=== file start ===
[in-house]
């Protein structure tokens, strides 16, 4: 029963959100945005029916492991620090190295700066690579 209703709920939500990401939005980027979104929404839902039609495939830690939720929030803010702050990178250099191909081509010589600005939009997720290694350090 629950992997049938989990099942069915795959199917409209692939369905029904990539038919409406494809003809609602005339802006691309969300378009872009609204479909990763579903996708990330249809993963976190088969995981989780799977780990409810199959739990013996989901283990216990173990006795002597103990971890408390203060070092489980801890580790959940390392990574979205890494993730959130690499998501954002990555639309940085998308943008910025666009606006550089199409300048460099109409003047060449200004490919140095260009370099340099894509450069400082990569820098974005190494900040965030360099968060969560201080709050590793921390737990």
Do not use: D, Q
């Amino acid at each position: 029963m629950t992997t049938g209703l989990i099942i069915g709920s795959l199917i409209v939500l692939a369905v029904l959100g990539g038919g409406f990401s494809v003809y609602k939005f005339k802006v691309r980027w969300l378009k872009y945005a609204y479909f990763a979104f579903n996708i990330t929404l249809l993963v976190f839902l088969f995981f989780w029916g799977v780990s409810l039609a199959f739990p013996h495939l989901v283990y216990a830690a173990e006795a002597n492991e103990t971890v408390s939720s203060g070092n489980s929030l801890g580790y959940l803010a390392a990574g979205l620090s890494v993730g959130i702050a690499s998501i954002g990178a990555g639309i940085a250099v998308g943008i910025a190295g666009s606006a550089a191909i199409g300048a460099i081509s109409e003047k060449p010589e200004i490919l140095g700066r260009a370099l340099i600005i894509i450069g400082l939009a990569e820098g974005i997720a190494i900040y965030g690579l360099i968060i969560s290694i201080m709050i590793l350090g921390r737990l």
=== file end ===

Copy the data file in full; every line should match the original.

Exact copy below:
[in-house]
């Protein structure tokens, strides 16, 4: 029963959100945005029916492991620090190295700066690579 209703709920939500990401939005980027979104929404839902039609495939830690939720929030803010702050990178250099191909081509010589600005939009997720290694350090 629950992997049938989990099942069915795959199917409209692939369905029904990539038919409406494809003809609602005339802006691309969300378009872009609204479909990763579903996708990330249809993963976190088969995981989780799977780990409810199959739990013996989901283990216990173990006795002597103990971890408390203060070092489980801890580790959940390392990574979205890494993730959130690499998501954002990555639309940085998308943008910025666009606006550089199409300048460099109409003047060449200004490919140095260009370099340099894509450069400082990569820098974005190494900040965030360099968060969560201080709050590793921390737990």
Do not use: D, Q
């Amino acid at each position: 029963m629950t992997t049938g209703l989990i099942i069915g709920s795959l199917i409209v939500l692939a369905v029904l959100g990539g038919g409406f990401s494809v003809y609602k939005f005339k802006v691309r980027w969300l378009k872009y945005a609204y479909f990763a979104f579903n996708i990330t929404l249809l993963v976190f839902l088969f995981f989780w029916g799977v780990s409810l039609a199959f739990p013996h495939l989901v283990y216990a830690a173990e006795a002597n492991e103990t971890v408390s939720s203060g070092n489980s929030l801890g580790y959940l803010a390392a990574g979205l620090s890494v993730g959130i702050a690499s998501i954002g990178a990555g639309i940085a250099v998308g943008i910025a190295g666009s606006a550089a191909i199409g300048a460099i081509s109409e003047k060449p010589e200004i490919l140095g700066r260009a370099l340099i600005i894509i450069g400082l939009a990569e820098g974005i997720a190494i900040y965030g690579l360099i968060i969560s290694i201080m709050i590793l350090g921390r737990l």